For students of 'Global Studies Seminar: News', Autumn 2016

GSS Presenters and Readings

How the class works

There are three or four short chapters or paper extracts to read each week, everybody should read them and prepare any questions they need to ask during class. In addition the ‘presenter’ should prepare themselves to explain the content of their assigned reading to the rest of the class(see below for guiding questions), this short (10-15mins) presentation should include the basic information about the reading; who wrote it, perhaps a little on their background, the main ideas, theories referred to and concepts the paper talks about and also a description of any data they refer to/make use of. The back-up presenter should also try to be prepared to step in if the main presenter does not come to class.

We should all be prepared to discuss a few basic questions about each of the readings;

  • What does the author want to tell us?
  • What evidence does the author use to support their argument?
  • What are the most important concepts and ideas used in the paper?
  • Are there any particularly important (perhaps controversial) words that need to be thought about carefully?
  • Why has the author chosen the ideas they focus on and how have they used them?
  • If there was anything in the paper that you didn’t understand, what was it?

Weekly Arrangements

Week 15: New/Social Media and News (and Japan)

Presenter Back-up Presenter Reading Notes
TATYALIKA Keshia none Future of Newspapers-FRANKLIN 2008
LIN Keng-Wei none Newspapers Experiment Online- Story Content after a Decade on the Web BARNHURST 2012
MENG Jing none Japan Secrecy Law-REPETA 2014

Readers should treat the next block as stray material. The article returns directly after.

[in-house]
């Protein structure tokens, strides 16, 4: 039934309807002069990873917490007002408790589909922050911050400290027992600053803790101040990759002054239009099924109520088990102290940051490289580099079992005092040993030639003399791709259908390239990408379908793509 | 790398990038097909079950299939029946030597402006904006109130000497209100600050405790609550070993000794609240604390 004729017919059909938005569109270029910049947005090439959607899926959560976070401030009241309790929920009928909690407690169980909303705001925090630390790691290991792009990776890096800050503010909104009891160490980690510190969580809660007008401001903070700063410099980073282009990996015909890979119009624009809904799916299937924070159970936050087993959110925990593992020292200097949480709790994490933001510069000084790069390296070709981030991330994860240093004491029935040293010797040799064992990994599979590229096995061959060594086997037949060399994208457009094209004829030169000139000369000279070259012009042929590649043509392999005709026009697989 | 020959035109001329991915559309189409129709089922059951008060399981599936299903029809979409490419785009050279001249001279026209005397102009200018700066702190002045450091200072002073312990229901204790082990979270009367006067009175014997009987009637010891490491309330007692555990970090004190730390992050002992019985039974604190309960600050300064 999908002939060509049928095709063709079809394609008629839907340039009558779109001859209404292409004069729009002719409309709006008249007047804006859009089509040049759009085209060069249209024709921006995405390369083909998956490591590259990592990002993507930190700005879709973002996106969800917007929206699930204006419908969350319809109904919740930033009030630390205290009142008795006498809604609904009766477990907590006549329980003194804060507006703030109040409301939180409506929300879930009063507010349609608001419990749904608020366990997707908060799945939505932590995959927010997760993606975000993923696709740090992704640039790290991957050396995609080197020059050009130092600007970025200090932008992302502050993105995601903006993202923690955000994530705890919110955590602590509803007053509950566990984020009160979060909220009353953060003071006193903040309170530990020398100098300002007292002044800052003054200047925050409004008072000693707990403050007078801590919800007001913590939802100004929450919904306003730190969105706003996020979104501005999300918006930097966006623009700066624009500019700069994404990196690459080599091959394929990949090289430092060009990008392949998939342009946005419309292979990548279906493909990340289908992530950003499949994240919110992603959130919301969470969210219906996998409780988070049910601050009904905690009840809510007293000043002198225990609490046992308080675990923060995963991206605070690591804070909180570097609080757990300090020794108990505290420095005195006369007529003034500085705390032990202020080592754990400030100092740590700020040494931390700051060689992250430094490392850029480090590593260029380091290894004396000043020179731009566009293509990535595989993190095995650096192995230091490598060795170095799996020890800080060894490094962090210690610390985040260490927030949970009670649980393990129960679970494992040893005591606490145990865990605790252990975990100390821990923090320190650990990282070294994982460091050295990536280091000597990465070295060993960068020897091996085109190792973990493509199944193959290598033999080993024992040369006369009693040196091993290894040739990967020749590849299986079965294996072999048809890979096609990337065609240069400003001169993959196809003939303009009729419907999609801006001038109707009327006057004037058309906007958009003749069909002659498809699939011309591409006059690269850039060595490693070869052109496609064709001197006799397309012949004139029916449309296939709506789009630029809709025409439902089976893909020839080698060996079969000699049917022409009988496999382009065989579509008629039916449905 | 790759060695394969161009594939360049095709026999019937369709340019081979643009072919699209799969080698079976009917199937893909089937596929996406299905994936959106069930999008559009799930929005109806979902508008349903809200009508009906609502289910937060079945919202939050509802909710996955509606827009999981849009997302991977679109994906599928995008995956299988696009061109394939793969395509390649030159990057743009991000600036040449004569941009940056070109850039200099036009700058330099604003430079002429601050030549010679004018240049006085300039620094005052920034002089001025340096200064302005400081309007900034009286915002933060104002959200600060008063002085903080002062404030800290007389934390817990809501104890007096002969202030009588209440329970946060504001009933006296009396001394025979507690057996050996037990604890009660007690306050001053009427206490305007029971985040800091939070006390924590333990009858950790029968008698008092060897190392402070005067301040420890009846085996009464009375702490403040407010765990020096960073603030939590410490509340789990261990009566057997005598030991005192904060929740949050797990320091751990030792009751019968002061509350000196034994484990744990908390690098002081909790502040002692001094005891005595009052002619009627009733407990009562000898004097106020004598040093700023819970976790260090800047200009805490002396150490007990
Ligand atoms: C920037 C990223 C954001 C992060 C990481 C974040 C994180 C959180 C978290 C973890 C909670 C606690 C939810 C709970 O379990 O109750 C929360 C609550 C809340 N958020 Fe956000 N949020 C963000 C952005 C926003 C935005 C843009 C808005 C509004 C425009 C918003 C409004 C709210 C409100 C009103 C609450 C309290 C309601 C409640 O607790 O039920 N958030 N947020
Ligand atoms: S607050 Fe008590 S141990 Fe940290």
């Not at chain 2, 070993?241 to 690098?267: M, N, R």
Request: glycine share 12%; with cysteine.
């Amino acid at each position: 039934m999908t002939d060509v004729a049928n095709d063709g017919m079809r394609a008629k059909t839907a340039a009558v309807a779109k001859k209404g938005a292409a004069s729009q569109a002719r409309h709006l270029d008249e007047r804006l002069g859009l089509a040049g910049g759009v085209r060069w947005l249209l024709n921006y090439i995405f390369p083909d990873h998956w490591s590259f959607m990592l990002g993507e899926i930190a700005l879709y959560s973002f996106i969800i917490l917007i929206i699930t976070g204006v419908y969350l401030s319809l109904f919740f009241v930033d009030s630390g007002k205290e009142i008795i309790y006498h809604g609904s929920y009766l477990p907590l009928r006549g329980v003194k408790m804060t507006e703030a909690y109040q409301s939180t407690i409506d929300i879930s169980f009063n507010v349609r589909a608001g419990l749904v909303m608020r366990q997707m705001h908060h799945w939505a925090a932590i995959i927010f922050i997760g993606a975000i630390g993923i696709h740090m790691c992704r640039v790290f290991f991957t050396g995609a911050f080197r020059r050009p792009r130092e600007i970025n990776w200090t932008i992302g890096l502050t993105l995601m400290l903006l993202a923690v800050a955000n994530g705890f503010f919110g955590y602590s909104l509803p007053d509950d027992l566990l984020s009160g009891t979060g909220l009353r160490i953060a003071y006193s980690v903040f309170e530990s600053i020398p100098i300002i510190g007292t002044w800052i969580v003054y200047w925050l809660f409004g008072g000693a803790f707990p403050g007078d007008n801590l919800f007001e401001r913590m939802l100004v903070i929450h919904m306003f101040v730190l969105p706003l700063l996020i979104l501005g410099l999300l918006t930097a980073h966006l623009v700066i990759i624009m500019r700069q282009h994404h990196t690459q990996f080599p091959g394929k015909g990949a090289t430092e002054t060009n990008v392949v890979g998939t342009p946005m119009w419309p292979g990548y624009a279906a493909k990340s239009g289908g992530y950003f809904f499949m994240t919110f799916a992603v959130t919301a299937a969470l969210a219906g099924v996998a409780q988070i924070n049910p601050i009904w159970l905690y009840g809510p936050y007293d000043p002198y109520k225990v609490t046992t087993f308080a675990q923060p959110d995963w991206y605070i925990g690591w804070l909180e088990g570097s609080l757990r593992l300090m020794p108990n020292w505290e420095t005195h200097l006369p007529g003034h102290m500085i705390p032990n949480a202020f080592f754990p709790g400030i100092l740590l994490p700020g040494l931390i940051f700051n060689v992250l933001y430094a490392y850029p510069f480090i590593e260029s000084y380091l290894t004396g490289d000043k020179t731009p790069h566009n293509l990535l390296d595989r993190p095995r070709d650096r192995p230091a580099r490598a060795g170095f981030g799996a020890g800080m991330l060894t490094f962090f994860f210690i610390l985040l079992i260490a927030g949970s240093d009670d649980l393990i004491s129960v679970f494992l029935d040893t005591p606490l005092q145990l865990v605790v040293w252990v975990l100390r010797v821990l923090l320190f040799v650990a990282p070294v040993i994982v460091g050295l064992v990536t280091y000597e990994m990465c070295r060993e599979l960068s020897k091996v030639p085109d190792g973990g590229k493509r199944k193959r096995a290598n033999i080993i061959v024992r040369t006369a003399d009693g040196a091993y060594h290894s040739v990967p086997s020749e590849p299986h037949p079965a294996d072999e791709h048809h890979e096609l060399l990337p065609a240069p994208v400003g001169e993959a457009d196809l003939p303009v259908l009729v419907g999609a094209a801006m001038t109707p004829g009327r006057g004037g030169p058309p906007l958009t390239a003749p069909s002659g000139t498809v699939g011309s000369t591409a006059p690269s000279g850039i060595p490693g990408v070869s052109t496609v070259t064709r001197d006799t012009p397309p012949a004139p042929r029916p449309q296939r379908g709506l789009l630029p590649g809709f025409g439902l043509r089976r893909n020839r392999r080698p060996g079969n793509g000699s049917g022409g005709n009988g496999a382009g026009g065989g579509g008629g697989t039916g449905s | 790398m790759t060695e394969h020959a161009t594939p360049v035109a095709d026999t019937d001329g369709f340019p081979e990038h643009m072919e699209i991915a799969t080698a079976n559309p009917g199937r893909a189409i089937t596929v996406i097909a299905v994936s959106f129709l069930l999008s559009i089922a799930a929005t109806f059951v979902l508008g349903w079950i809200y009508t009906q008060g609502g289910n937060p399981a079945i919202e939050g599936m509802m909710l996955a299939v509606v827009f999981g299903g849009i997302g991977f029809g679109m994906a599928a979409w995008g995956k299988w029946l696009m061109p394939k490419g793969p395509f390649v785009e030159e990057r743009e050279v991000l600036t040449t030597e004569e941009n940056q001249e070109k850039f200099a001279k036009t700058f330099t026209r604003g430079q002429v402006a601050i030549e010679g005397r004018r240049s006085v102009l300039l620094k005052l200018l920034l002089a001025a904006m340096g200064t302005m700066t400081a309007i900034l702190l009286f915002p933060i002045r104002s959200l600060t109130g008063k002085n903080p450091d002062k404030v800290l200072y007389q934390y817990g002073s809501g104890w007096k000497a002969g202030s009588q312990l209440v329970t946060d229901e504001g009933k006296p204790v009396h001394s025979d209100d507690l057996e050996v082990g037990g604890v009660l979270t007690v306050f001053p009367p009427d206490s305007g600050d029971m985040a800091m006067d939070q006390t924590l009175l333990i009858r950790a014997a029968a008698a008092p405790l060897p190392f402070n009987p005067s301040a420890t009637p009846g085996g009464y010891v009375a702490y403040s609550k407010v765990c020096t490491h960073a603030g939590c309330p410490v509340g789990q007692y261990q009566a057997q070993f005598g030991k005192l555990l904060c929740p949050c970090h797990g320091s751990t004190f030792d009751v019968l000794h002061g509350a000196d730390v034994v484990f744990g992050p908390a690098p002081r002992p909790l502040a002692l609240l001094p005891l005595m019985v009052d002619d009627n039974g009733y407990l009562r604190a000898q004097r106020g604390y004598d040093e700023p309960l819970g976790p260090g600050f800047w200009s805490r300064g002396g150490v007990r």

WATANABE Ai none The mission is to keep this industry intact VILLI+HAYASHI 2015

Week 14: New/Social Media and News

Presenter Back-up Presenter Reading Notes
HARAGUCHI Hibiki IRFAN Araqi A Question of Time? A Longitudinal Analysis of the Relationship between News Media Consumption and Political Trust STROMBACK 2015
HUANG Jing-Ting JIN Yu Social Media and Political Campaigning- Changing Terms of Engagement? JENSEN 2016
INOUE Misa TATYALIKA Keshia What Trends in Chinese Social Media YU ASUR HUBERMAN 2011
KAMEYAMA Koichiro RAUNER Robin Fact Checking the Campaign- How Political Reporters Use Twitter to Set the Record Straight (or Not) CODDINGTON 2014

Week 12: Feedback on review drafts

Please come to class at the times specified below:

Name Time
TANAKA Hiroki 0900
MENG Jing 0900
FAN Chuhan 0900
INOUE Misa 0900
JIN Yu 0900
TATYALIKA Keshia 0900
CUANDY Eunice 0945
HARAGUCHI Hibiki 0945
HUANG Jing-Ting 0945
LIN Keng-Wei 1015
KAMEYAMA Koichiro 1015
RAUNER Robin 1015
IRFAN Araqi 1015

Week 11: Objectivity & Ideology of News(2)

Presenter Back-up Presenter Reading Notes
CHAT-AMP. Woraset INOUE Misa Zelizer, p340
CUANDY Eunice LIN Keng-Wei Picard, p355
FAN Chuhan MENG Jing Merritt, p365
TANAKA Hiroki WATANABE Ai Bardoel, p379

Week 10: Objectivity & Ideology of News

Presenter Back-up Presenter Reading Notes
IRFAN Araqi CHAT-AMPAIWONG Woraset Tuchman, p297
JIN Yu CUANDY Eunice Soloski, p308
TATYALIKA Keshia FAN Chuhan Hallin, p329
RAUNER Robin HUANG Jing-Ting McCombs & Shaw, p320

Week 9: Sources of News (2)

Presenter Back-up Presenter Reading Notes
INOUE Misa HARAGUCHI Hibiki Sigal, p224
WATANABE Ai IRFAN Araqi Gitlin, p267
LIN Keng-Wei KAMEYAMA Koichiro Hall et al, p249
MENG Jing TANAKA Hiroki Gans, p235

Week 8: Economics / Sources

Presenter Back-up Presenter Reading Notes
KAMEYAMA Koichiro RAUNER Robin McManus, p180
HARAGUCHI Hibiki JIN Yu Tunstall, p191
HUANG Jing-Ting TATYALIKA Keshia Gieber, p218